There is an art to re-gifting. Many have perfected this art to the point of obsession. This is an example of how it works. They throw a party. Friends turn up with seriously good wines, expensive port, designer olives, and the gifts are enthused over and then, by slight of hand or mis-direction, they mysteriously disappear. Whilst bulk-buy wine is served, cheap port poured and supermarket “basics” olives are being proffered by one host, the other is secreting the gifts into the utility room. The delicatessen delicacies brought by the guests are conspicuous by their absence.

You may suppose that the party-throwers keep these goodies to be enjoyed by themselves on another occasion, but you would be wrong. I know of one person who keeps a pack of sticky labels and a marker pen in the gift-hoard cupboard. Each gift is identified with names of the givers and the date upon which it was received: “Sue and Roy: Nov 2012” That way, when the item is re-gifted, they can ensure that Sue and Roy will not be the recipients.

When I lived, many years go, with two such re-gifters, I found in the garage an entire fridge full of chocolate: Easter eggs, Lindt reindeer and Santa Clauses, Galaxy selection boxes and After Eights. Some of them, according to their labels, should have been consumed in the late 90’s. It took me several weeks to persuade my friends that the only place for this hoard was the rubbish bin. When we piled the lot into black bin bags, we freed up the fridge for its proper use: chilling dairy products and meats. But it wasn’t long until new chocolate gifts crept back in with the excuse, “2 for 1 at the supermarket”. Meanwhile, a “make your own gingerbread cottage” kit stood on top of one of the kitchen cupboard for a full 12 months until, just before the next Christmas party, it was unceremoniously dumped in the bin, its “Fred and Babs: Dec 2010” label betraying its origins.

As far as use-by dates are concerned, however, wines can be tricky. A couple I know never drink Champagne, although they receive many bottles as gifts. These are stored in the cupboard under the stairs. Some of them have been there for decades. Now even I, with my limited knowledge of wine, know that most Champagne is sold when ready to drink. Unless it is of a very fine vintage, and stored horizontally at the correct temperature, it won’t be worth opening. This random collection, half of them already re-gifted many times, is kept in the warmest place in the house, standing upright in a cardboard box. The stash is pilfered only occasionally, when a bottle is selected and popped into a re-cycled shiny foil gift bag (a generous supply conveniently hangs nearby in a hessian bag) and is trotted round to the next party, where it is no doubt secreted into the garage to await its next outing.

My mum had the best idea to prevent the re-gifting of her carefully chosen goodies, and openly admitted that this was her intention. Instead of wrapping her gifts and attaching a label she wrote directly onto the chocolate box, or the wine label, with a thick black marker pen, eg. “To Mandy, Love Mum x” No mistaking for whom they were intended or where they had come from – and not a cat in hell’s chance of re-gifting them.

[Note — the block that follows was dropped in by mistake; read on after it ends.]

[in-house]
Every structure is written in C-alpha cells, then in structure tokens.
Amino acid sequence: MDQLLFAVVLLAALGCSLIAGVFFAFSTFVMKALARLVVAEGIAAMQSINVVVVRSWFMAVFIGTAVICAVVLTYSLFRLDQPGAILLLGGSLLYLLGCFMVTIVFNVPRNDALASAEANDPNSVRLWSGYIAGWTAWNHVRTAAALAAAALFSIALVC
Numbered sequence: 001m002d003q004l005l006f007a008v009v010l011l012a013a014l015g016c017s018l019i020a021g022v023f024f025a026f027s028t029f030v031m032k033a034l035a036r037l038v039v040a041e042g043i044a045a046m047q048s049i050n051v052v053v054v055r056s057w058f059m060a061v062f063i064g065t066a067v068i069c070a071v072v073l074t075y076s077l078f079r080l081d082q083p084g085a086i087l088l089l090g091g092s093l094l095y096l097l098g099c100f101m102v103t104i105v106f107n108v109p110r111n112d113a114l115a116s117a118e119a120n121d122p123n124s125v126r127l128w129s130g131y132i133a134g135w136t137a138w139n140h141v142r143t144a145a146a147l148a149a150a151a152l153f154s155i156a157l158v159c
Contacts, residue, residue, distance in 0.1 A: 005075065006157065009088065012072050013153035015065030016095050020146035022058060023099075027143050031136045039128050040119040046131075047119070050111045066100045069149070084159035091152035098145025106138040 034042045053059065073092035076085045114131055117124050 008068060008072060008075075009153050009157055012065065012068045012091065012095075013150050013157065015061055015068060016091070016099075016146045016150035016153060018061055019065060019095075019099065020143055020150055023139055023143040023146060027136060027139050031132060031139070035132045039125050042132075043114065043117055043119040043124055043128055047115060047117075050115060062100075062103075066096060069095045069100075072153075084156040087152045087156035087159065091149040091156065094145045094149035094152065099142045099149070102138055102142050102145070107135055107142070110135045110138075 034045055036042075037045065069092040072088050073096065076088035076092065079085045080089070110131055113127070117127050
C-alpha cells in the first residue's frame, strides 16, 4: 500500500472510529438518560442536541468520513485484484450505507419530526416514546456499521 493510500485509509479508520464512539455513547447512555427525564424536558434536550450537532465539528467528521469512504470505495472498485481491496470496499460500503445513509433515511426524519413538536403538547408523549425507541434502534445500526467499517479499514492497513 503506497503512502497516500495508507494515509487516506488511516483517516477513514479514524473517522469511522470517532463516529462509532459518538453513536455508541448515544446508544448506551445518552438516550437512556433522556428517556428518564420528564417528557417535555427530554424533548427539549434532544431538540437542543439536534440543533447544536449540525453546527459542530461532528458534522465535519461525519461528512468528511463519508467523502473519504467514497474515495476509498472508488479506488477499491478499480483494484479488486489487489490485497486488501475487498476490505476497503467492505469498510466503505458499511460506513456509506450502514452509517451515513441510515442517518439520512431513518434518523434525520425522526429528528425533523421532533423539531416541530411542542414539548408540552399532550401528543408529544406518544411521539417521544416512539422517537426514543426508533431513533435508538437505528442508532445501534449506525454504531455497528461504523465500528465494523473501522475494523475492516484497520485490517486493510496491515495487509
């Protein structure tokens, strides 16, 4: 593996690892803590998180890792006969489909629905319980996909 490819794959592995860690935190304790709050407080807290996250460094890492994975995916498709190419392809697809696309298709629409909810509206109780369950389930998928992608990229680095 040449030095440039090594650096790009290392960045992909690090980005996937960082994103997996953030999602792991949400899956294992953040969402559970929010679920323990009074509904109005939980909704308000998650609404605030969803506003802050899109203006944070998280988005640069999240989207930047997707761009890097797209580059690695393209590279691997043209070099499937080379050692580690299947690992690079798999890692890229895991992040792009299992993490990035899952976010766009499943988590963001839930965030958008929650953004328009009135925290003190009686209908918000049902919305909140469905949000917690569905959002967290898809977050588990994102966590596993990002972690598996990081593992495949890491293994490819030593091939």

*all names have been changed to protect the innocent.

This blogging isn’t as easy as it looks, is it? In fact, this is my third attempt to write and publish this, my very first piece.

Anyway, about this photo, taken in the Green Room at the Garrick Theatre in January 2011…she looks relaxed, reading her book in that comfy armchair, doesn’t she? Amanda Reed, understudy. The play was When We Are Married, a J.B.Priestley play, a comedy set in Yorkshire, directed by the incomparable Christopher Luscombe. I was understudying Maureen Lipman and Lynda Baron, amid a star-studded cast comprising most of the top comedic actors of my generation. What a privilege it was to work with them, and learn from them.

It was Maureen who used the quote “They also serve who only stand in…” The job of the unseen and largely unsung heros, the understudies, is to be ready to go on at a moment’s notice…something I did in this show for both the actors I covered. It was around the time my mum died in December 2010 I had to go on for Lynda and then, shortly after her funeral, for Maureen. How does an actor do that: put behind her all that is going on in her private life and give a performance in front of 800 people who have paid an arm and a leg to see a well-loved household name….and instead gets “who? – never heard of her!”

But that’s what I was paid to do, and that’s what I did. Not everyone is cut out to be an understudy. When the wonderful Beryl Reid’s mother died, she had no understudy. She was the comedy turn in a panto, doing her famous character “Marlene”. Not wishing to disappoint the audience who had come to see her, she did her three performances that day to an appreciative crowd who were completely unaware of her situation. Reading her biography whilst on holiday with my mum, also called Beryl Reed (though spelled differently) I wondered what I would do in the same situation. Luckily I did not have to choose. But going on for Maureen and Lynda, experiences which should have been moments of triumph, were tinged with deep sadness. I have not understudied since.